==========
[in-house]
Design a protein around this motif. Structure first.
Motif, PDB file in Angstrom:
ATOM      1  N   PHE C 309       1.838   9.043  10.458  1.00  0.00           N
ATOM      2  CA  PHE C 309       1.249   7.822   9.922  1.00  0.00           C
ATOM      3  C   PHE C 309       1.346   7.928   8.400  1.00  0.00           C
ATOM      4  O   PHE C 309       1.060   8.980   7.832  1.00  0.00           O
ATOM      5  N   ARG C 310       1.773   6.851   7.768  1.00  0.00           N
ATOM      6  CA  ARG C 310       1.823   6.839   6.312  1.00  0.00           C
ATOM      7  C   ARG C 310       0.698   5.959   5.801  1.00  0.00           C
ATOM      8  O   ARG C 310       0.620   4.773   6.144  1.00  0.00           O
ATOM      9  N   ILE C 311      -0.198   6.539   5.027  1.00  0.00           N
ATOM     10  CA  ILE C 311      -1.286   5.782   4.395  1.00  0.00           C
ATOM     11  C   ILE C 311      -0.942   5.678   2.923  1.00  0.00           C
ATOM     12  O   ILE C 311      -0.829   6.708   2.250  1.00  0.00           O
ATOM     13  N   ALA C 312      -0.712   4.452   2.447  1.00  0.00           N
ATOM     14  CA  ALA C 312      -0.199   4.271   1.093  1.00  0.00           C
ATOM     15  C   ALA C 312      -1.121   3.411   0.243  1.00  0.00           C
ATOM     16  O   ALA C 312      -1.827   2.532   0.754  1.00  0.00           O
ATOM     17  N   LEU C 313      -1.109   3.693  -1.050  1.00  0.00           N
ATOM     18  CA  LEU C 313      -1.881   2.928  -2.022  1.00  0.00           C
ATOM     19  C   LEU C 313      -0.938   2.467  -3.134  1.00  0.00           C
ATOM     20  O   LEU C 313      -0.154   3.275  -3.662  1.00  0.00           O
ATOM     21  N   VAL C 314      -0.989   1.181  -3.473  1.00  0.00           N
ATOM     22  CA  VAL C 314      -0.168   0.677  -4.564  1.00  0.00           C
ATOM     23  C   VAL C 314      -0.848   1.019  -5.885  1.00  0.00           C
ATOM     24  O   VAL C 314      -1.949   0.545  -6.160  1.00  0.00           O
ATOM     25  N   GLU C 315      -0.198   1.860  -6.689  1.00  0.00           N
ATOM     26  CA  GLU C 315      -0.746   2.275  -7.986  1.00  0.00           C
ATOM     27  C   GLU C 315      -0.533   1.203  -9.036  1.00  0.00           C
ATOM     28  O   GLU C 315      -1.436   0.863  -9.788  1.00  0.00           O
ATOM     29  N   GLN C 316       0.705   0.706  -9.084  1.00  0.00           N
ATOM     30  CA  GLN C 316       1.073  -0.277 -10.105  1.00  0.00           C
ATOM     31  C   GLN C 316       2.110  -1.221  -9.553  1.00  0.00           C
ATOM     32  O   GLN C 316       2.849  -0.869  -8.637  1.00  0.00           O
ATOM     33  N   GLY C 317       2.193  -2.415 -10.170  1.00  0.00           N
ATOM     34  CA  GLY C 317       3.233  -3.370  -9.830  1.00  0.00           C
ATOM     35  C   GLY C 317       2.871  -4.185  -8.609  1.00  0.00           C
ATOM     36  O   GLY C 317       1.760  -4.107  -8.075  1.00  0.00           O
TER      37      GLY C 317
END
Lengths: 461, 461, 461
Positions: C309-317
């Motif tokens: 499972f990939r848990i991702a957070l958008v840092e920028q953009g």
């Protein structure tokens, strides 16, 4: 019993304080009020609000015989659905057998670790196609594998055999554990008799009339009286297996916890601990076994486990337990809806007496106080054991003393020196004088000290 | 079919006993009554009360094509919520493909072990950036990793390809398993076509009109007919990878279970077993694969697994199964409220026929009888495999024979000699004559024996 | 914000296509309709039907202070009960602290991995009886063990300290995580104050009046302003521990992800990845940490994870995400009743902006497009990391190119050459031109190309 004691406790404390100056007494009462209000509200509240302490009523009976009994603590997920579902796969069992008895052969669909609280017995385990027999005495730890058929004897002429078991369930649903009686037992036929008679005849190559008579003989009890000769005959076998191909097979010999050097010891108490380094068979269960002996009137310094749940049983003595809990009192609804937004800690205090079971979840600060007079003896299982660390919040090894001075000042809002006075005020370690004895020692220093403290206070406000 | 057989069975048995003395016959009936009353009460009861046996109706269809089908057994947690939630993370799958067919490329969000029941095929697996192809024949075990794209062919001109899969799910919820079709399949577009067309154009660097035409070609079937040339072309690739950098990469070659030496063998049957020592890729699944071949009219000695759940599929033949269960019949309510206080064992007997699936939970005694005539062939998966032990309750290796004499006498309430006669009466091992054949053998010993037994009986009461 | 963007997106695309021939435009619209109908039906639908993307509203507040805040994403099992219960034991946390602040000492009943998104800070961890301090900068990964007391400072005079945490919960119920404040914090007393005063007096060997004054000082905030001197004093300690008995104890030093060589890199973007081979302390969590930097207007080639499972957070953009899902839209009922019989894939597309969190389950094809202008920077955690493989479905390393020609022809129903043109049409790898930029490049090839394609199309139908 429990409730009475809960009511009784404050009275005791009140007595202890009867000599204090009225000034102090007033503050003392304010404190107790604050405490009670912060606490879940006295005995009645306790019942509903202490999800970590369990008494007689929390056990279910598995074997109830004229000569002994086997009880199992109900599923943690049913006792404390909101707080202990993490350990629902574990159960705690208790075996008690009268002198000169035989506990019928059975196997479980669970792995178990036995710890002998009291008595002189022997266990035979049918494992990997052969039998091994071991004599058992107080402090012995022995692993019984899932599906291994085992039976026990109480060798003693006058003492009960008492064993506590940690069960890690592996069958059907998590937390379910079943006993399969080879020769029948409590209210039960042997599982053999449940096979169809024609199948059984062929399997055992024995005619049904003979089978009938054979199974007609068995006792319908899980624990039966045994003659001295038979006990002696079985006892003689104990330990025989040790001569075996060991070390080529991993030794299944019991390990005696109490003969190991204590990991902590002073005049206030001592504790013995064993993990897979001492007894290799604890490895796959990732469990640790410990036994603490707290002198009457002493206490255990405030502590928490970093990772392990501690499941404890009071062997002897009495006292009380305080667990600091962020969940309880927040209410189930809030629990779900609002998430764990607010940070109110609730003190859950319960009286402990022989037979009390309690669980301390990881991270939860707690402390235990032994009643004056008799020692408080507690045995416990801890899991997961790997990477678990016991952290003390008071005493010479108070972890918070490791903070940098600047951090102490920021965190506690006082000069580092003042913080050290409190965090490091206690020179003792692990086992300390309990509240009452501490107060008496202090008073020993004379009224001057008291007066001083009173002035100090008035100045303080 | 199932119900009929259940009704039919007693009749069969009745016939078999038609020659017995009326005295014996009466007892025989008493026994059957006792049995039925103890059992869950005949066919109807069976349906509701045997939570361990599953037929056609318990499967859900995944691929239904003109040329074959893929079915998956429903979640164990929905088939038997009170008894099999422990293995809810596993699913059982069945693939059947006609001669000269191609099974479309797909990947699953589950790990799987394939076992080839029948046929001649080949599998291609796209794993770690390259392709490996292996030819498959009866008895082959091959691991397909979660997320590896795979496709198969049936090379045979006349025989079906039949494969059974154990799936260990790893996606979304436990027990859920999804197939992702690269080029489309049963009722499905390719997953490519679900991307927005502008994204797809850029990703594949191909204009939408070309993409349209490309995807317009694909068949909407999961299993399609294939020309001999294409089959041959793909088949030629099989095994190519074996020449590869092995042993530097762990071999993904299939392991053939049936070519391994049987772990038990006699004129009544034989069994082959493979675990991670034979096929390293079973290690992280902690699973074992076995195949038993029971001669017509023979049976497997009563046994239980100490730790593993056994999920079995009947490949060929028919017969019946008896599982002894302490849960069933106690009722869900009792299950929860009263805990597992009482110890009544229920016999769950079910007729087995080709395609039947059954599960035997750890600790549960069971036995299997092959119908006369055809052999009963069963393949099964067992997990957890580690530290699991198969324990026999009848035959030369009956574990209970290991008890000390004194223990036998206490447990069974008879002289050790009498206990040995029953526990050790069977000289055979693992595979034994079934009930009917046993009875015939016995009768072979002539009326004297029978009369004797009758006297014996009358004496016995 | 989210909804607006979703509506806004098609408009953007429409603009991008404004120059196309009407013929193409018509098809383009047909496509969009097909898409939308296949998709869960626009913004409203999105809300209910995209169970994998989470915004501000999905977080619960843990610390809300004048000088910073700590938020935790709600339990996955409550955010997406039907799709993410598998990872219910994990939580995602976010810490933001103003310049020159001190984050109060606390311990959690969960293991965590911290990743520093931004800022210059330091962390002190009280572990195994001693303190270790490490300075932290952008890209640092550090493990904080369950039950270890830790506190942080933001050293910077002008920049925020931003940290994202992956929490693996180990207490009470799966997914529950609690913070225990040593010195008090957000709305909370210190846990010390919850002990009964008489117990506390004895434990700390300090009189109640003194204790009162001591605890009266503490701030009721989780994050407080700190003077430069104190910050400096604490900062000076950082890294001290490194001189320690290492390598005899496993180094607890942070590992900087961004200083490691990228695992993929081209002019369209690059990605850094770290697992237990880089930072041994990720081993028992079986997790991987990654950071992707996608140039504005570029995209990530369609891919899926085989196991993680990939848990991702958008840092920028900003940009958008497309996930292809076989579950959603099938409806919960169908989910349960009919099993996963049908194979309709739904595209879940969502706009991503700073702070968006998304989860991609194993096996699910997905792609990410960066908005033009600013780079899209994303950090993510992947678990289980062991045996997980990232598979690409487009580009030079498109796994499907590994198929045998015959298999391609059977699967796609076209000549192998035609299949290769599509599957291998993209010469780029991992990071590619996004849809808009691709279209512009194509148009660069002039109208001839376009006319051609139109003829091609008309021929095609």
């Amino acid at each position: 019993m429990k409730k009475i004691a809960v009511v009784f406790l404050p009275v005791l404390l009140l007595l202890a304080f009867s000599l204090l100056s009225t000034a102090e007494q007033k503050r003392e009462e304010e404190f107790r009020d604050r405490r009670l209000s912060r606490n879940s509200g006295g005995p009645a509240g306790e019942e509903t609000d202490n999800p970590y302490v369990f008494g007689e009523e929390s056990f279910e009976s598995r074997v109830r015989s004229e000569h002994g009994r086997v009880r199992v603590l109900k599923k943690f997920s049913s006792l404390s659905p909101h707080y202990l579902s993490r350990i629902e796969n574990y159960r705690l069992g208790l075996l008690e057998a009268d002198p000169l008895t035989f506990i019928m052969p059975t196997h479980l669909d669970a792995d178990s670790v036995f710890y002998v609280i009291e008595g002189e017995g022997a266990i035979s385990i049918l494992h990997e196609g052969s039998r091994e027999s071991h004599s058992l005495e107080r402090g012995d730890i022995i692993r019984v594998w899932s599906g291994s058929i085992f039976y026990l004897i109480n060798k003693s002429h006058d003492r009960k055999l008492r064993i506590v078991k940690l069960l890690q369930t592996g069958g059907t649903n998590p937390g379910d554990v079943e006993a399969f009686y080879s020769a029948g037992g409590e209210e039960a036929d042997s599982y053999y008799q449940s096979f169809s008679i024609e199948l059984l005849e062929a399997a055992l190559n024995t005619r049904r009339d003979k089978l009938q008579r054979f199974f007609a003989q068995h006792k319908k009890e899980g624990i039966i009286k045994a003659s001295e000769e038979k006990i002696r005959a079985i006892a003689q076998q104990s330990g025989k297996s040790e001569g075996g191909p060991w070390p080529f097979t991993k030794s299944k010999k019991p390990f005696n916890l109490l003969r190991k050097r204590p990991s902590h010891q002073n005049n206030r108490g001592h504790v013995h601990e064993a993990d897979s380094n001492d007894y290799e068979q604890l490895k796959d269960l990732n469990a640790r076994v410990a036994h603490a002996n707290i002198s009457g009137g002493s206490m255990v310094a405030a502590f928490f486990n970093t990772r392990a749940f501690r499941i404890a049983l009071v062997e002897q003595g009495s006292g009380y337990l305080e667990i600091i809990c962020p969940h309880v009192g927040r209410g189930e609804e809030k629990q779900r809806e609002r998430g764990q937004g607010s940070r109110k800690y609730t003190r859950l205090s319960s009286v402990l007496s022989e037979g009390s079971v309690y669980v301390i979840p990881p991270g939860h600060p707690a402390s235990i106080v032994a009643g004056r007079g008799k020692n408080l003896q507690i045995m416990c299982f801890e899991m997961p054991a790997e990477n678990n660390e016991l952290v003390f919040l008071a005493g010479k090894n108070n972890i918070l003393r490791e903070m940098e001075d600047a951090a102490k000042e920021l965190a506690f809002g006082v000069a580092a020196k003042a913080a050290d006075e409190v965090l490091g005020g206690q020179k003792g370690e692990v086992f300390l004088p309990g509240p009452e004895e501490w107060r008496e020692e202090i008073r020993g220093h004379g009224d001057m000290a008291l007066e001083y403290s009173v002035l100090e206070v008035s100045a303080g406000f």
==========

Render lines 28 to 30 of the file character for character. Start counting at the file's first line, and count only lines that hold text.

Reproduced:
ATOM     25  N   GLU C 315      -0.198   1.860  -6.689  1.00  0.00           N
ATOM     26  CA  GLU C 315      -0.746   2.275  -7.986  1.00  0.00           C
ATOM     27  C   GLU C 315      -0.533   1.203  -9.036  1.00  0.00           C